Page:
Stewardship grant deadline extended to Jan. 15
November 22nd, 2002
On October 1, 2002, the Service issued a request for proposals and announced final implementation guidelines for the fiscal year 2002 Private Stewardship Grants Program. The extension gives applicants an additional 45 calendar days to become familiar with program requirements.
The Private Stewardship Grants Program provides assistance on a competitive basis to individuals and groups engaged in voluntary conservation efforts on private lands that benefit at-risk species including federally listed endangered or threatened or other at-risk species. Under this program, private landowners and groups working with private landowners are able to submit proposals directly to the Service for funding to support these efforts. The Service expects to announce the projects selected to receive grants by late winter, 2003.
The Service's Great Lakes-Big Rivers Region (Illinois, Indiana, Iowa, Michigan, Minnesota, Missouri, Ohio and Wisconsin) has $942,981 available under the Private Stewardship Grants programs for landowners and their partners in those states. Applicants may submit their proposals to Regional Director, U.S. Fish and Wildlife Service, Bishop Henry Whipple Federal Building, One Federal Drive, Fort Snelling, Minnesota 55111-4056; attention Pete Fasbender (612-713-5343).
For more information on this and other Fish and Wildlife Service grant programs and on how and where to submit proposals, visit the Service's website at http://www.fws.gov and click on "grants." You may also contact the U.S. Fish and Wildlife Service's Branch of Recovery and State Grants, 4401 N. Fairfax Drive, Room 420, Arlington, VA 22203, phone (703)358-2061.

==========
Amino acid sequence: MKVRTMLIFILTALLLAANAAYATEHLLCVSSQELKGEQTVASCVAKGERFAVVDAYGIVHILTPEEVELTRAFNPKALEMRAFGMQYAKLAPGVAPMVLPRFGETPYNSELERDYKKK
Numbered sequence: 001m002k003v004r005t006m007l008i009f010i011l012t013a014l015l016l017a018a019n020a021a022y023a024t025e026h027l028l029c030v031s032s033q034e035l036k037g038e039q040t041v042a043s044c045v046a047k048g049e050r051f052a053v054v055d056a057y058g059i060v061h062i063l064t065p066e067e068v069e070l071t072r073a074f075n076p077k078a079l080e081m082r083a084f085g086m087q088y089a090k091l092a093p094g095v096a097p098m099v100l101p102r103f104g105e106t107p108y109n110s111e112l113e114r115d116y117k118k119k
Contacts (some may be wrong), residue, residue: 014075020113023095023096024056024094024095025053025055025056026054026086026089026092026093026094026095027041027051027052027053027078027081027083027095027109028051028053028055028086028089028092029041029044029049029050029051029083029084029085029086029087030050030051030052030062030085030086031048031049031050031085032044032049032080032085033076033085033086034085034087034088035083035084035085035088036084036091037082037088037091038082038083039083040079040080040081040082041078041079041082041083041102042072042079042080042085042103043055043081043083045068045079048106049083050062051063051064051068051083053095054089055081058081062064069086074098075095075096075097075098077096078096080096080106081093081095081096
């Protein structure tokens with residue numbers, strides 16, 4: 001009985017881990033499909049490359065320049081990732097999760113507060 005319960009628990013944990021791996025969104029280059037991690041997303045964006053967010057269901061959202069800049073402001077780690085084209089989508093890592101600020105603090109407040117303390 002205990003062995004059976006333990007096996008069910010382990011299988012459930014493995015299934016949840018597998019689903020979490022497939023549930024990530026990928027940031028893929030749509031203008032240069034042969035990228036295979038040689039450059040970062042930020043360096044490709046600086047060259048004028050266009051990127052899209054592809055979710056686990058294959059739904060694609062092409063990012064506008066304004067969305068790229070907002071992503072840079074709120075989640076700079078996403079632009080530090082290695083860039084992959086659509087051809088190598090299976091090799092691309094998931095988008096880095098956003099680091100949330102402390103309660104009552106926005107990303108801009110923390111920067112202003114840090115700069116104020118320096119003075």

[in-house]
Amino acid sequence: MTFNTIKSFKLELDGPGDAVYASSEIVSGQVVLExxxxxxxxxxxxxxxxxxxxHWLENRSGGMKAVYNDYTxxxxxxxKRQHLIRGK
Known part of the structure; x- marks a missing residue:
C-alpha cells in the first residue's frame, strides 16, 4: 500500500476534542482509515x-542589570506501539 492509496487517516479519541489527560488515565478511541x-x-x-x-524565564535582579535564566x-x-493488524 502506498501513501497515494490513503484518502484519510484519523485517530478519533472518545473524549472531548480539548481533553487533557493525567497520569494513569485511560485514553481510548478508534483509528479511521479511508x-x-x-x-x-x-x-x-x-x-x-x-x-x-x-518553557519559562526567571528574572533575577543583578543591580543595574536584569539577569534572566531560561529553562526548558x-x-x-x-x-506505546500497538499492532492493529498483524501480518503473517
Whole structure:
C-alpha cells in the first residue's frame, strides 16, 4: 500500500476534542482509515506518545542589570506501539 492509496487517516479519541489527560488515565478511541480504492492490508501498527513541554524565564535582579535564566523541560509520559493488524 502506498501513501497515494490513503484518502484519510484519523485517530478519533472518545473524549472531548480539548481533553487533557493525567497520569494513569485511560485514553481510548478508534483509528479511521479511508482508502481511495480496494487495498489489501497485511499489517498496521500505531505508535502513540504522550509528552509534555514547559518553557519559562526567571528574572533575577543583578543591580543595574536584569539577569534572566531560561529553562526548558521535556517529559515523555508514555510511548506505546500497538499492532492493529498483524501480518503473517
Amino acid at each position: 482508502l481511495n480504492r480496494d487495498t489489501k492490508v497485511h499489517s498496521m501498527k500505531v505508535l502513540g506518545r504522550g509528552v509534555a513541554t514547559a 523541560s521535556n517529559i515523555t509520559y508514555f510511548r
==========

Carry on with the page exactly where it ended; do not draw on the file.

The U.S. Fish and Wildlife Service is the principle Federal agency responsible for conserving, protecting, and enhancing fish, wildlife and plants and their habitats for the continuing benefit of the American people. The Service manages the 95-million-acre National Wildlife Refuge System which encompasses nearly 540 national wildlife refuges, thousands of small wetlands and other special management areas. It also operates 70 national fish hatcheries, 64 fishery resource offices and 78 ecological service field stations. The agency enforces Federal wildlife laws, administers the Endangered Species Act, manages migratory bird populations, restores nationally significant fisheries, conserves and restores wildlife habitat such as wetlands, and helps foreign governments with their conservation efforts. It also oversees the Federal Aid program that distributes hundreds of millions of dollars in excise taxes on fishing and hunting equipment to state fish and wildlife agencies.
For more information about the US. Fish and Wildlife Service in the
Great Lakes - Big Rivers Region,
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